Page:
So I was petitioning at the Brown County Fairgrounds at the Hub City Spring Big Boy Toy Show yesterday (and I’m going again today! 11 a.m. to 4 p.m.! Come sign!), and a guy came up to me and asks if I’ve got any $12.50–$15/hour jobs.
I check my signs—they say “Defend Your Voice, Defend Your Vote—Sign Petitions on SB 69 and SB 177!” not “South Dakota Job Service—Now Hiring.” I look at the guy and ask if he’s asking if I’m hiring petition circulators (the Democratic Party may be, but I’m not).
He comes up and goes on some spiel about how business people create real jobs, while guys like me just… well, I’m not sure what he said petitioners and activists do, but he dismissed it with “just…” and then babbled something about competition.
I took it that this gentleman wasn’t really asking me a question but trying to make some rhetorical point. I told him what I tell you now:
My interlocutor misuses the word just. We’re aren’t just circulating a petition. We are justly engaging in civic activities that are as valuable to society as any commercial activity businesspeople may do. We are exercising a specialization of labor: the green eye-shade types can keep their beady eyes focused on their ledgers while political activists take care of keeping the civic gears of government and popular participation greased and spinning smoothly. Circulating petitions, educating citizens (and a lot of people have not heard the details about the youth minimum wage and the barriers to ballot access that our legislators foisted upon us this session), mobilizing voters, and checking abuses of power in Pierre are at least as essential to South Dakota’s general welfare as making widgets or designing company slogans or doing whatever else my interlocutor thinks is worth $15 an hour.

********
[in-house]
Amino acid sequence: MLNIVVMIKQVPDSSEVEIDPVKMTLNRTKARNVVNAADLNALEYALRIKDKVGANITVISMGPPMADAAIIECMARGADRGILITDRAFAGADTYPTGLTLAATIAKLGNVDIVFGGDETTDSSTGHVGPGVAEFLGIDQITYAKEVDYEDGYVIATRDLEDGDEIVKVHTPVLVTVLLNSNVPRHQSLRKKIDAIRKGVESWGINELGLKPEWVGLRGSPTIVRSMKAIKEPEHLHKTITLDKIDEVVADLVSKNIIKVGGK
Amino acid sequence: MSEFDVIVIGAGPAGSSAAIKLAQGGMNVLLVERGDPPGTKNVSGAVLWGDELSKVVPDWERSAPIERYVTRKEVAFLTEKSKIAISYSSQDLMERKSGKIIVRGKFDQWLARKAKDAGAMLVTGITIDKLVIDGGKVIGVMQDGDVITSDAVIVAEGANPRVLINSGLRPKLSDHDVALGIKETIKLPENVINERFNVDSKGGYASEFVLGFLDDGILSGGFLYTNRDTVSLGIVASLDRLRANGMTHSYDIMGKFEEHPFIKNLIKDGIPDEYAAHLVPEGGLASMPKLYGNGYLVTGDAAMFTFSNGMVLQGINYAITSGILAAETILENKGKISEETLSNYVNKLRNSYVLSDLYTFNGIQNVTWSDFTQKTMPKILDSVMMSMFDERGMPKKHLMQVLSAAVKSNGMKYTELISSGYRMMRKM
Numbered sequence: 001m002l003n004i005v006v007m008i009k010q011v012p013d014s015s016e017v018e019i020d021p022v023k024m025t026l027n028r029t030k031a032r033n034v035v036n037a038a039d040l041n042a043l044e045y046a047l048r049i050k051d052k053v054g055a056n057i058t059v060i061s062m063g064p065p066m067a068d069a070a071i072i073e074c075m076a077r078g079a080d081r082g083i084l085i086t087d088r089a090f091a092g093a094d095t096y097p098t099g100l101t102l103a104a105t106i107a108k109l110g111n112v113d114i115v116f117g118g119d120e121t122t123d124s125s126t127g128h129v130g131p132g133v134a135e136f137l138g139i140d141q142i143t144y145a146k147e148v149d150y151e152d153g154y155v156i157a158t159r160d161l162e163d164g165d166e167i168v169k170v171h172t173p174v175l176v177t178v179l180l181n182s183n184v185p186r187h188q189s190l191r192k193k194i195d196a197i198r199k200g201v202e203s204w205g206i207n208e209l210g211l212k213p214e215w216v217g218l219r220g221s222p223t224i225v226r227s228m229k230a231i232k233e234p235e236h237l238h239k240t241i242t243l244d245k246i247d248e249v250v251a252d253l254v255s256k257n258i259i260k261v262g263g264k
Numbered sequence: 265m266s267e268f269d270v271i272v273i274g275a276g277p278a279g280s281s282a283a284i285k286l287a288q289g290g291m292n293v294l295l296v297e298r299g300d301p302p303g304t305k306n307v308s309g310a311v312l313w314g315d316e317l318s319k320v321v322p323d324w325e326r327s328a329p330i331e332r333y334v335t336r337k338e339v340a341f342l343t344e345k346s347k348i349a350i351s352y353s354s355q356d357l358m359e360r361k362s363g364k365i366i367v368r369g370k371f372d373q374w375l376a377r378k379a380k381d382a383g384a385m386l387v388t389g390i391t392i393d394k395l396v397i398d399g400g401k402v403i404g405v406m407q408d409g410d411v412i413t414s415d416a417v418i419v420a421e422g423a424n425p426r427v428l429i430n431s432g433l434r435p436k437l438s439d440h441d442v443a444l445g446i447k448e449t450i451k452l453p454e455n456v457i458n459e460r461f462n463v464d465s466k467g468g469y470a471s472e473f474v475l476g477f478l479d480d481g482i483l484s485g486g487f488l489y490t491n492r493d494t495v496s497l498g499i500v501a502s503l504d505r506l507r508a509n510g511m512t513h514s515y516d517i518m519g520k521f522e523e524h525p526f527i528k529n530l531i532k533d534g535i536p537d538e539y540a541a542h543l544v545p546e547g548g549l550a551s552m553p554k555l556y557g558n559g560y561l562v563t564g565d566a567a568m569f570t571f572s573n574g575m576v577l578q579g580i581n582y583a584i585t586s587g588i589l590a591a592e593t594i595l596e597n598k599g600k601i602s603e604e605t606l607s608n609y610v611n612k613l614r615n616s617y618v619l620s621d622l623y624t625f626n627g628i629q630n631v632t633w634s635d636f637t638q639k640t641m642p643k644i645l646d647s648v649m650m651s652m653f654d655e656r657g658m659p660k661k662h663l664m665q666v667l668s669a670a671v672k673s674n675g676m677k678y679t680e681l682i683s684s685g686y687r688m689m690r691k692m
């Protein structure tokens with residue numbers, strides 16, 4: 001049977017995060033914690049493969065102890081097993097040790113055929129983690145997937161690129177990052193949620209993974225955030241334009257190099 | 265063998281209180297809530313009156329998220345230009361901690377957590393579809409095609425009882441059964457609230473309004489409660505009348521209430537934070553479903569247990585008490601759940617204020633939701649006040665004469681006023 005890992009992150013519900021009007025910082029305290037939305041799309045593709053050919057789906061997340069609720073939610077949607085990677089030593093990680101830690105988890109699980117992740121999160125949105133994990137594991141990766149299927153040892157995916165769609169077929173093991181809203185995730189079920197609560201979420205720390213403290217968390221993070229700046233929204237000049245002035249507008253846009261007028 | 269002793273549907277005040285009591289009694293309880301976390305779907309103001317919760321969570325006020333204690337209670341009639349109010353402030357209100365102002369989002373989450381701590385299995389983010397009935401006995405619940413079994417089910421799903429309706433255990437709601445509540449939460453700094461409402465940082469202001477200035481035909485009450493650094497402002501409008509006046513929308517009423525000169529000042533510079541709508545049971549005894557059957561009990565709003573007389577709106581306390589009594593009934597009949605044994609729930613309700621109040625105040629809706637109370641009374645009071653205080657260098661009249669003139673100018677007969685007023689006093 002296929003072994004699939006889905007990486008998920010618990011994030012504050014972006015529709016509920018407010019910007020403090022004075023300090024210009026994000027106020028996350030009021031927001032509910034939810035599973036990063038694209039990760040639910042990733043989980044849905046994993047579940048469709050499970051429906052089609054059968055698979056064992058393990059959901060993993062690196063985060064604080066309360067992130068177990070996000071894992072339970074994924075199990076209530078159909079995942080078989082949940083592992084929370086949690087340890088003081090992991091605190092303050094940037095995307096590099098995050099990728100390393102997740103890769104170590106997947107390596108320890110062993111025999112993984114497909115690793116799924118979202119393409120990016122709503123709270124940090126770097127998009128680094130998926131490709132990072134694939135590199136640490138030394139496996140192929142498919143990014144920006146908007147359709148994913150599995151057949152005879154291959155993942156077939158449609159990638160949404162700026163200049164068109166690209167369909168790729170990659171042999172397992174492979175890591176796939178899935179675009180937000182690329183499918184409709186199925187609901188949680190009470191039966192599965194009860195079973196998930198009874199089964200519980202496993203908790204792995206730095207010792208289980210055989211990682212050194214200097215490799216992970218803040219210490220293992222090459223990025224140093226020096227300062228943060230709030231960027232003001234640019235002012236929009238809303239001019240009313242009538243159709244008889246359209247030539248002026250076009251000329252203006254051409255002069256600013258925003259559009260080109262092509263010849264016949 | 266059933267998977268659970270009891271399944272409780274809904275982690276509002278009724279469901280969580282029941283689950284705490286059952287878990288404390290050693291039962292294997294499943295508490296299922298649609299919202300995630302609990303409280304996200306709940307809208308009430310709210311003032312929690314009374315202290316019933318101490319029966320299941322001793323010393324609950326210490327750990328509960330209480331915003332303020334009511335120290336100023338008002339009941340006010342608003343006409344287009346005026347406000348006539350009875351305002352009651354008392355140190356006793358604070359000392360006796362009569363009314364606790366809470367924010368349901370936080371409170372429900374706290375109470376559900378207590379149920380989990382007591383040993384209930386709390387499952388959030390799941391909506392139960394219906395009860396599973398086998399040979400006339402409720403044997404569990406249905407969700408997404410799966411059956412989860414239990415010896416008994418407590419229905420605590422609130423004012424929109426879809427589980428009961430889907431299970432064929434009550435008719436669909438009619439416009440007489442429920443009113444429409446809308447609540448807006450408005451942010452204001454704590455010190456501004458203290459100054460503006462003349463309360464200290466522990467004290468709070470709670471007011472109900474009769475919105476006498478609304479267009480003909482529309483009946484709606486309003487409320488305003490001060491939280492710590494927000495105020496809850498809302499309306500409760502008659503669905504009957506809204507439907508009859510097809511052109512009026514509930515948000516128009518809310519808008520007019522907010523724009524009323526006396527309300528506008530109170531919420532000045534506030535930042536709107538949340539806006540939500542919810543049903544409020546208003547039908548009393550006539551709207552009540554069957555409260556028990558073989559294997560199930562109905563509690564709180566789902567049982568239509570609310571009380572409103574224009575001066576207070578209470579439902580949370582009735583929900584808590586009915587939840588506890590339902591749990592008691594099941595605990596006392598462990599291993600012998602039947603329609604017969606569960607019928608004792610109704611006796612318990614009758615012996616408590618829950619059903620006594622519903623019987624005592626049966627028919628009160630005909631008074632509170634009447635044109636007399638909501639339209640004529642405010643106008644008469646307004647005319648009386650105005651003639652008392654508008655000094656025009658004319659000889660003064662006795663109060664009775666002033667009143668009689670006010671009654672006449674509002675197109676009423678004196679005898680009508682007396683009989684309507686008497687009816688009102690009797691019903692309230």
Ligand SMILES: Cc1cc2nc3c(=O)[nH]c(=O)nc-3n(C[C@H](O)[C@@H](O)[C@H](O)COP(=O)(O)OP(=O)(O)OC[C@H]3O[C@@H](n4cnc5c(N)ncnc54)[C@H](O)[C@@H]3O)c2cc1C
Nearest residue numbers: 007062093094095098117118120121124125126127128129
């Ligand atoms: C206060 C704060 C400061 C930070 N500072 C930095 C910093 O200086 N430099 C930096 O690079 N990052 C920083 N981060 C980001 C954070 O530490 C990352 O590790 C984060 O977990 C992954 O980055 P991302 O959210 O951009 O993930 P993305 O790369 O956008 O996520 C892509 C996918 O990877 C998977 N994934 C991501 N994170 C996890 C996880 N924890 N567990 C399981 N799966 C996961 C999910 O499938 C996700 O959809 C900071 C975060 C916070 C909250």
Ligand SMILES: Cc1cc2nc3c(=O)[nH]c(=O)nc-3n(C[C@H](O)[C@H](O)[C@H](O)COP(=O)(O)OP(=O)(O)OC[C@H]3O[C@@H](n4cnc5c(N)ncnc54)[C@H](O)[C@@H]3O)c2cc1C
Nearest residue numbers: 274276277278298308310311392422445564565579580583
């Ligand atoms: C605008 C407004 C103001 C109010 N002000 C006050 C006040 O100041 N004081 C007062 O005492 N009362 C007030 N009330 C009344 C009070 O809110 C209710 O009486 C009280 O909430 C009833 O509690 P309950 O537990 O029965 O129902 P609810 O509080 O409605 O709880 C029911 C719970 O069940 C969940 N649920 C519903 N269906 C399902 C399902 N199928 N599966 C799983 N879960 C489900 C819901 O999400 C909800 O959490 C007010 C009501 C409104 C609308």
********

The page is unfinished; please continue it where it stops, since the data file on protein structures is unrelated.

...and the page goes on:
And if you like competition, well hey! You should be signing my petition to block and refer Senate Bill 69, because Senate Bill 69 makes it harder for people to run for office, meaning there will be less competition in our elections. I like competition; I want more competition in elections to ensure we get better public discourse during the campaign and better candidates in office.
My interlocutor evidently didn’t mean whatever he was saying about competition. He walked away without signing. But that’s o.k. I’ve got 500,000 other voters to talk to… and I’m sure many more of them can put their thoughts together into a consistent philosophy that envisions a complete society of not just glorification of captains of industry and wage-slavery, but a healthy community that integrates honest business and honest politics into a vision of the general democratic welfare.